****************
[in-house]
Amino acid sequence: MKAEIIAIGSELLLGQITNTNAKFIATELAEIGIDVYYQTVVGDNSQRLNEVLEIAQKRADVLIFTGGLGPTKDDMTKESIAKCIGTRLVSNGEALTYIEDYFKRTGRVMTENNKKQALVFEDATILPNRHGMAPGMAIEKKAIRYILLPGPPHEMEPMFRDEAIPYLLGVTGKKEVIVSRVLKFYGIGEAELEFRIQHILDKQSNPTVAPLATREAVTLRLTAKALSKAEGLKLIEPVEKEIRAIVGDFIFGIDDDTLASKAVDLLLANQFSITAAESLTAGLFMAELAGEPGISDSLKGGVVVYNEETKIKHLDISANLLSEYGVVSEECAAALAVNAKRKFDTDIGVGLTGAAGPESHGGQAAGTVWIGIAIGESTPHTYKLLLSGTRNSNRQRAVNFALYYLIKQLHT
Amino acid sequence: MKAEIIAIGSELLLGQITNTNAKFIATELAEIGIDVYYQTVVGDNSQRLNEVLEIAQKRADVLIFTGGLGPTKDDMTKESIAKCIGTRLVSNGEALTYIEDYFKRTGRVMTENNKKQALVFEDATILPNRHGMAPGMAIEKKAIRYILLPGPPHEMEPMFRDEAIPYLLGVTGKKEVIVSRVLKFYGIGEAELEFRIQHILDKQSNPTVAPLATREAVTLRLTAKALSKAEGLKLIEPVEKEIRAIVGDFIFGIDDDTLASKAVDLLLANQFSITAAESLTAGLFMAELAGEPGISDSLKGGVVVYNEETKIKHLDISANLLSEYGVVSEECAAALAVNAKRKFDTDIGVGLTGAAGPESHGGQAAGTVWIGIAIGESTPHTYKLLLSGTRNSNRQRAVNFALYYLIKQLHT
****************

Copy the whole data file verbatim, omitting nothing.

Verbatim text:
[in-house]
Amino acid sequence: MKAEIIAIGSELLLGQITNTNAKFIATELAEIGIDVYYQTVVGDNSQRLNEVLEIAQKRADVLIFTGGLGPTKDDMTKESIAKCIGTRLVSNGEALTYIEDYFKRTGRVMTENNKKQALVFEDATILPNRHGMAPGMAIEKKAIRYILLPGPPHEMEPMFRDEAIPYLLGVTGKKEVIVSRVLKFYGIGEAELEFRIQHILDKQSNPTVAPLATREAVTLRLTAKALSKAEGLKLIEPVEKEIRAIVGDFIFGIDDDTLASKAVDLLLANQFSITAAESLTAGLFMAELAGEPGISDSLKGGVVVYNEETKIKHLDISANLLSEYGVVSEECAAALAVNAKRKFDTDIGVGLTGAAGPESHGGQAAGTVWIGIAIGESTPHTYKLLLSGTRNSNRQRAVNFALYYLIKQLHT
Amino acid sequence: MKAEIIAIGSELLLGQITNTNAKFIATELAEIGIDVYYQTVVGDNSQRLNEVLEIAQKRADVLIFTGGLGPTKDDMTKESIAKCIGTRLVSNGEALTYIEDYFKRTGRVMTENNKKQALVFEDATILPNRHGMAPGMAIEKKAIRYILLPGPPHEMEPMFRDEAIPYLLGVTGKKEVIVSRVLKFYGIGEAELEFRIQHILDKQSNPTVAPLATREAVTLRLTAKALSKAEGLKLIEPVEKEIRAIVGDFIFGIDDDTLASKAVDLLLANQFSITAAESLTAGLFMAELAGEPGISDSLKGGVVVYNEETKIKHLDISANLLSEYGVVSEECAAALAVNAKRKFDTDIGVGLTGAAGPESHGGQAAGTVWIGIAIGESTPHTYKLLLSGTRNSNRQRAVNFALYYLIKQLHT